Sophomore Joy Chen
Sometimes a job can do more than help pay the bills; it can lead to a scholarship. Joy Chen, a UW Bioengineering sophomore from Shoreline, Wash., has received a UW Libraries Student Employee Scholarship. She is being honored at a reception March 3.
The award is open to library student employees who have worked at a UW library for at least one academic quarter. Applicants write an essay about their contributions to UW Libraries or how the libraries have supported their personal, professional or academic growth, and provide a recommendation letter and academic transcript.
Joy has been a user experience assistant for the Health Sciences Library (HSL) since September 2021. She plans to apply the $1,000 scholarship to her tuition. The award is a funded by a variety of sources, including individual donors, the Friends of the UW Libraries and 14 named scholarship endowments. Joy received the Anne Repass Endowed Student Support Scholarship.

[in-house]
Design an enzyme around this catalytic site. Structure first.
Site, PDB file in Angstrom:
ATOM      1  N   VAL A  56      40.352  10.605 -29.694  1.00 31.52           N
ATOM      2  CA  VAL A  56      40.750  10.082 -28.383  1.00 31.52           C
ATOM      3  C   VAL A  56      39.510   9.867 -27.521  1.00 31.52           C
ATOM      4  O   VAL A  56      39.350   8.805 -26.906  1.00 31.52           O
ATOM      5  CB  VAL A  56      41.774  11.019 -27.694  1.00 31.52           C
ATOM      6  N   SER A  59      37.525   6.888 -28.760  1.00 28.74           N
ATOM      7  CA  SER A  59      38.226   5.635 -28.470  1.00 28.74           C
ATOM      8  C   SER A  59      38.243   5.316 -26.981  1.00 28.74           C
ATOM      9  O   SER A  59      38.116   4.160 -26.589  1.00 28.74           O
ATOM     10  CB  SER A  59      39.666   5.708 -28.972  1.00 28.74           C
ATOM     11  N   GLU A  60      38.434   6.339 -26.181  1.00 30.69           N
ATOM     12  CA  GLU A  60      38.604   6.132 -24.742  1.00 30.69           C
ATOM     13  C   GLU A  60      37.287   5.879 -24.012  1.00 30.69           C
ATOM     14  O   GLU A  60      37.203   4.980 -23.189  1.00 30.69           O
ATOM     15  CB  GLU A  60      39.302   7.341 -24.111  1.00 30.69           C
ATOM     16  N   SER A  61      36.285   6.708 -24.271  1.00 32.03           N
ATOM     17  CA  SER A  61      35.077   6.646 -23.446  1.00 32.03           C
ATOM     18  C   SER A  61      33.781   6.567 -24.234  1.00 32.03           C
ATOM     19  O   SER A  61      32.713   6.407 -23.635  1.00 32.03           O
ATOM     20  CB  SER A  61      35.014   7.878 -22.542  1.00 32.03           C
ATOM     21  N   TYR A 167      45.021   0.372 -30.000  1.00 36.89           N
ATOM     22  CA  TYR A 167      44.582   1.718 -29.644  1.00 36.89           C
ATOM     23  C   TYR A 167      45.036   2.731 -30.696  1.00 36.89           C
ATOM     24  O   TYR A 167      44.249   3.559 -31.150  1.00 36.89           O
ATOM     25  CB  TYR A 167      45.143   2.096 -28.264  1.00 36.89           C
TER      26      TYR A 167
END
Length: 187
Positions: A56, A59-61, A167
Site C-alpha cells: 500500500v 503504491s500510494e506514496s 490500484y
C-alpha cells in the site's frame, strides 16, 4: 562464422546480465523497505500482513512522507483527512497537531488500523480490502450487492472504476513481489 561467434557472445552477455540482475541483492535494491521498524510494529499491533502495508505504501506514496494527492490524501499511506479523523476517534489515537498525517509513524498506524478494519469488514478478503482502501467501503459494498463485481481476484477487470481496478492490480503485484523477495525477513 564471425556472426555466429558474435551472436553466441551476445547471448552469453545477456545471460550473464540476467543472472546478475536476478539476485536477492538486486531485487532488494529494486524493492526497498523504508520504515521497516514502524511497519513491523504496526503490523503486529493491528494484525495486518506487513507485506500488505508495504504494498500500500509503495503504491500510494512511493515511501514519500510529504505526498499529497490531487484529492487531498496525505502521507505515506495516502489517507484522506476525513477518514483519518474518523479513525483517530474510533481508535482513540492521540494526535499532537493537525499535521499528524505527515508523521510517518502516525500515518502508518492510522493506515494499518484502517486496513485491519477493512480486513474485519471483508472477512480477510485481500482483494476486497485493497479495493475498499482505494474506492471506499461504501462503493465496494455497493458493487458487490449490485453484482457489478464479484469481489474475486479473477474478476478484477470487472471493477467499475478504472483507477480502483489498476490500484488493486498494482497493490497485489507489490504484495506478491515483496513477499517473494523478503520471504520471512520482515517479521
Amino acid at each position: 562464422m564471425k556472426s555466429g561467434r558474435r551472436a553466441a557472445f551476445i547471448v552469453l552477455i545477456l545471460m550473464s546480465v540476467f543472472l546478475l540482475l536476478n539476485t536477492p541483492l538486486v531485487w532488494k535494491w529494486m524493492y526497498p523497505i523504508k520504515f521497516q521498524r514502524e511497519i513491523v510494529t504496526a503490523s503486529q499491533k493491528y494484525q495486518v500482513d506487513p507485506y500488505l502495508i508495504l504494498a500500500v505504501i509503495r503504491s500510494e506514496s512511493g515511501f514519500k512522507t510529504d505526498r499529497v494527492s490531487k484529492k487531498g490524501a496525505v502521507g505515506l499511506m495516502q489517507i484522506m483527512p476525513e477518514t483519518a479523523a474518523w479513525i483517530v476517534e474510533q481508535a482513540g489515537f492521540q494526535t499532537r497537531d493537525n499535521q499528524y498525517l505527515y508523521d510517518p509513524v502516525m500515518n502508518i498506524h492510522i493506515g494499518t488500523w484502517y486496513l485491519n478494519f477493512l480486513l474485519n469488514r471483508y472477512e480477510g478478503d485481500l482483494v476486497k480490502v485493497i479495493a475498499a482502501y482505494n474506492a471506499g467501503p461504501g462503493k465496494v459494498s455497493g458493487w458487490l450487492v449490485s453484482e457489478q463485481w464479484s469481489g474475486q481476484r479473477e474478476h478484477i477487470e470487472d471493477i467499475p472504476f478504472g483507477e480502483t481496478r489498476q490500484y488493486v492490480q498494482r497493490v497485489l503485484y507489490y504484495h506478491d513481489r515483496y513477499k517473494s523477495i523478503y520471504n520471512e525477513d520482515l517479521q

Joy’s interest in biology and science began at an early age. “My dad would show me nature documentaries on TV, and I found them so interesting,” she said. She also enjoyed engineering and had a difficult time deciding between studying biology or engineering. “In my mind, engineering was making cars and things like that,” Joy said. “Then I learned about bioengineering, which is a combination of the two, and that was perfect for me.” Her work at the HSL gives her exposure to many science publications, which piques her interest across a range of fields.
Volunteer with HuskyADAPT
In addition to school and her work at the HSL, Joy is a volunteer ambassador with HuskyADAPT, a UW organization that adapts toys to have better accessibility for children with disabilities. “Toys on the market are for children without disabilities,” Joy shared. “As an ambassador, I help spread the message about the importance of accessible play. Play is a really important part of growth and development.”
Joy also helps with HuskyADAPT events, including its first-ever CADathon, held Feb. 21-28, which focused on designing accessible switches that can be 3D-printed and donated along with the club’s adapted toys. Joy helped design a grading rubric for the competition.